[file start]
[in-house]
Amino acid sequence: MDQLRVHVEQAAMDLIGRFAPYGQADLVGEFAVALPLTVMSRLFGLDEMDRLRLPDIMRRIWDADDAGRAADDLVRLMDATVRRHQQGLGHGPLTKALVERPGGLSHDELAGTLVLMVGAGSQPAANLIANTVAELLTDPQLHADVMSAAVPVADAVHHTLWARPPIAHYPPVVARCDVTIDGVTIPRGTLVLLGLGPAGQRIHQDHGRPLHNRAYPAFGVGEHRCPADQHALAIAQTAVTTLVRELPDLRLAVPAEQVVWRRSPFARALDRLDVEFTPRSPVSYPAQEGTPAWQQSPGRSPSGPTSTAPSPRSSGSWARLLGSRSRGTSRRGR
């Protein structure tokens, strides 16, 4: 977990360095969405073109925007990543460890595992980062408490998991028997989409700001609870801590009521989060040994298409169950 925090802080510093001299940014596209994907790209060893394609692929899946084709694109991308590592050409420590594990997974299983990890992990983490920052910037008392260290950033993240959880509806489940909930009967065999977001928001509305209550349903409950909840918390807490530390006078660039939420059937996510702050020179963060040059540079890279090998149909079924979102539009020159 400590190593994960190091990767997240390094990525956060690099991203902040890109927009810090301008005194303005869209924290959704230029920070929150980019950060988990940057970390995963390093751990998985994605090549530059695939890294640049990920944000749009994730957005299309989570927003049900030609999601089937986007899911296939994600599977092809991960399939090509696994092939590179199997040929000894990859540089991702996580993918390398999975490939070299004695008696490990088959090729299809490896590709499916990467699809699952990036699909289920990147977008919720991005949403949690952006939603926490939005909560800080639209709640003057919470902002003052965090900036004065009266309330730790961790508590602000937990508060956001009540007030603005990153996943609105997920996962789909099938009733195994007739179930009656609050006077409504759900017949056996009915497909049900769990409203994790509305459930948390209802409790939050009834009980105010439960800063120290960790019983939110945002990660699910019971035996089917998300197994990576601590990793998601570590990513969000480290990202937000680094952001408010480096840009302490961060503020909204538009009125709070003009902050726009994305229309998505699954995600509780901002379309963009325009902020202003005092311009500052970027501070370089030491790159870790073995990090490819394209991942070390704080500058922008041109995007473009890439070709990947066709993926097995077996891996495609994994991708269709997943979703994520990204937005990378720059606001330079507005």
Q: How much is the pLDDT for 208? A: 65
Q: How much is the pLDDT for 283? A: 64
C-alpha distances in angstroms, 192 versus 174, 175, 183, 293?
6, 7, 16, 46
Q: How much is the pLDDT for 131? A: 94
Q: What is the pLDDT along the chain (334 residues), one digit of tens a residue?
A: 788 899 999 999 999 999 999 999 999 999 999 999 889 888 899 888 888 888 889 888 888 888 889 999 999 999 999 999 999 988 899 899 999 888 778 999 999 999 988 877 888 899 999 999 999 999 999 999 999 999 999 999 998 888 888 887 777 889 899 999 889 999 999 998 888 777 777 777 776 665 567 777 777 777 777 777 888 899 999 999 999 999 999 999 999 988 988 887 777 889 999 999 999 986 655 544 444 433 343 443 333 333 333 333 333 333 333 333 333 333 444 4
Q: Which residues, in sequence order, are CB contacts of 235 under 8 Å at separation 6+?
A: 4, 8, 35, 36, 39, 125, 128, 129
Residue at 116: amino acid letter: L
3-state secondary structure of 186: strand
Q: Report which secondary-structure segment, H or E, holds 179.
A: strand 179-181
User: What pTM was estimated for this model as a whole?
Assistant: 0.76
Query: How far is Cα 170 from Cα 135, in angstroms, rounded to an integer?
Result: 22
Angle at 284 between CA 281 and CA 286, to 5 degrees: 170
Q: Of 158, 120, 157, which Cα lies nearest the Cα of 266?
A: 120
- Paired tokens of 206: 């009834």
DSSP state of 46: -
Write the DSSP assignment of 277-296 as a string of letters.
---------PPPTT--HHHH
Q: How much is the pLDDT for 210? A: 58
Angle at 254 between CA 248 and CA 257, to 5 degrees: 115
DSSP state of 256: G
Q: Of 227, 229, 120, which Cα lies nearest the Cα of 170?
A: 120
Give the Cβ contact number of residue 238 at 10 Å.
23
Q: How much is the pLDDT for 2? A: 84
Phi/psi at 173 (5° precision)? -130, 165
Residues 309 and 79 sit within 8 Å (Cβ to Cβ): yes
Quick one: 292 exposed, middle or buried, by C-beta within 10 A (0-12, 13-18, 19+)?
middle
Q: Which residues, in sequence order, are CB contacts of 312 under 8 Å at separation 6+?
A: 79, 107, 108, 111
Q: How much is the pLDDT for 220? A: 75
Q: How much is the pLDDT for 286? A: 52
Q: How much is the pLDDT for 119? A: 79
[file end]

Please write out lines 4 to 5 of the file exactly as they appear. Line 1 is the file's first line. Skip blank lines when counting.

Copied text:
Q: How much is the pLDDT for 208? A: 65
Q: How much is the pLDDT for 283? A: 64